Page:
to the agencies to decide how best to implement, with agencies encouraged to consider
additional teleconferencing.
e. Consider whether incremental bond financing may be used to pay for operational cost
savings in more energy-efficient construction.
f. Review the experience with guaranteed energy savings contracts and determine whether
their use may be expanded.
g. Consider a requirement that economic incentive packages to private businesses include
provisions that the businesses install energy-saving technology in state buildings at no
cost to the state.
Governor-Elect Perdue Transition Advisory Group Sessions 7

h. Review the existing Office of State Personnel policy on telecommuting and consider
whether that is a realistic option for more state personnel.

Key Issue No. 3: Statewide Uniform Certification Program

The issue. The Department of Administration does not have sufficient funds to implement a
statewide uniform certification program for businesses that wish to participate in programs
offered by state and local agencies to increase the use of historically underutilized businesses.
Subsidiary issue. Whether state agencies are sufficiently attentive to the need to increase the use
of historically underutilized businesses.
1. Either provide funds to employ more people to verify the information on applications
by historically underutilized businesses or contract with other entities to perform the
2. Reestablish the Governor’s Historically Underutilized Businesses Advisory Council.

Key Issue No. 4: Parking in the Downtown Complex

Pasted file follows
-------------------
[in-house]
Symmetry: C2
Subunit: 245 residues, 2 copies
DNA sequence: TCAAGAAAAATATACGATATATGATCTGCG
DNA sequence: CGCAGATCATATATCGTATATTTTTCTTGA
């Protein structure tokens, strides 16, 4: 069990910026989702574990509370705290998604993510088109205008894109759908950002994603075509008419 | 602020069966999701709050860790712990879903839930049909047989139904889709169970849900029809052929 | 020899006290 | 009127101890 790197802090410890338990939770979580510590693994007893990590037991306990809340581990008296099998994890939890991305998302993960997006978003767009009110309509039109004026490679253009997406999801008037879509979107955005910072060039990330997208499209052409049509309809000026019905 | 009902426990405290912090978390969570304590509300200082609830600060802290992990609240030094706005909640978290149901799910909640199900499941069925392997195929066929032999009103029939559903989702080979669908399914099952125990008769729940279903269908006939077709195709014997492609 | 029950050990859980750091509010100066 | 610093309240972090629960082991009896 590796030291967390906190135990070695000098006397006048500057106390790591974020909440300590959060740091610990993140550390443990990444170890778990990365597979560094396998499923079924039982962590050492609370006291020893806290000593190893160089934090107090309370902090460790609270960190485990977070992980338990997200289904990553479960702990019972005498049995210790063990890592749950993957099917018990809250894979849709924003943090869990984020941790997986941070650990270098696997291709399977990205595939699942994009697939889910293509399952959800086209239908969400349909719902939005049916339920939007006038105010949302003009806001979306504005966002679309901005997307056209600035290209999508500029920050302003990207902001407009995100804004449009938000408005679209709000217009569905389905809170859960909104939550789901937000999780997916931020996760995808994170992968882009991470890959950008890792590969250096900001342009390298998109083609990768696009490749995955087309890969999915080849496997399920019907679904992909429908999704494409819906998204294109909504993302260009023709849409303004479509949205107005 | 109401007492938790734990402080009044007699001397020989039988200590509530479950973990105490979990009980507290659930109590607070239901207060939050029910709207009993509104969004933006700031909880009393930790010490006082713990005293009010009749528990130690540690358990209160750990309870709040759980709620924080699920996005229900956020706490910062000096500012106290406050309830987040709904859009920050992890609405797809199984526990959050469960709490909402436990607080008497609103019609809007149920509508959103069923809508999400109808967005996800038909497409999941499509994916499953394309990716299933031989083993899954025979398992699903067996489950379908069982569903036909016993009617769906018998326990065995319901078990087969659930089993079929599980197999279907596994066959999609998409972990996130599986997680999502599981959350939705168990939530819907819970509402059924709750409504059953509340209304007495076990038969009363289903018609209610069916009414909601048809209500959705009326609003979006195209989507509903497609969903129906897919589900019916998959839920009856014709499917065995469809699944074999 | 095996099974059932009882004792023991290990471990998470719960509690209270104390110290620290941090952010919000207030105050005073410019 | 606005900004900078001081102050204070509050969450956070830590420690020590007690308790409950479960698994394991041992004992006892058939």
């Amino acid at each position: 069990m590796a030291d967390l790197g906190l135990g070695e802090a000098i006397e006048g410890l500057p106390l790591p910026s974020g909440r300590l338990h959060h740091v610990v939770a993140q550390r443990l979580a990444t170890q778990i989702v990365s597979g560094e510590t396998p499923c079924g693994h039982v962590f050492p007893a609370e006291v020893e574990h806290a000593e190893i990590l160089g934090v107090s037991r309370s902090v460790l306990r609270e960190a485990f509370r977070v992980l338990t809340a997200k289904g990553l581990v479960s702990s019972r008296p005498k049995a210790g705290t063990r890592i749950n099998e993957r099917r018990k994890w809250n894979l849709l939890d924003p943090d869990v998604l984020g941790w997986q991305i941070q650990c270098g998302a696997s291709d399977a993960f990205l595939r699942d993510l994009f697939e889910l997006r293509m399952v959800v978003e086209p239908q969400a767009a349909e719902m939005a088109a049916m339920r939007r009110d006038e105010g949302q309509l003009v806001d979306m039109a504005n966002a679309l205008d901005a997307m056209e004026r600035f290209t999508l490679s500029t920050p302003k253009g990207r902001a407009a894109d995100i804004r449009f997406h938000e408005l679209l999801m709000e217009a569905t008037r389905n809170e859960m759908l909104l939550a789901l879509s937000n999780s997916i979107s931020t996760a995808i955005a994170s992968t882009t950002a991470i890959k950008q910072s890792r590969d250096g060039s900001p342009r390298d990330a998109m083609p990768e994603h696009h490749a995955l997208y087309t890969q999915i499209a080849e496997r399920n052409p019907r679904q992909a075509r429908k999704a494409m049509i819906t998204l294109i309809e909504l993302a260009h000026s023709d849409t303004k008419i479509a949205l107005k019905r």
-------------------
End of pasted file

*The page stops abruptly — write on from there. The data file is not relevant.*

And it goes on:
The issue. There are not enough parking spaces for all state employees who work in the
downtown complex. The monthly fees currently charged for parking are not sufficient to support
construction of new facilities.
1. Consider changing from a system in which each employee is assigned a specific parking
space to one in which the monthly fee entitles the employee to park at any available space
in a lot.
2. Consider increasing the monthly parking fee, but note that an increase may harm
employee morale at a time when salary increases are unlikely and health insurance costs
may rise.
3. Create more remote park-and-ride lots.

Key Issue No 5: Structure of the North Carolina Council

for Women and Domestic Violence Commission
The issue. Since the Council for Women and the Domestic Violence Commission were merged in
2001, the new consolidated agency has focused almost exclusively on issues of domestic violence
and has not addressed the employment and education issues that were the original purpose of the
Council for Women.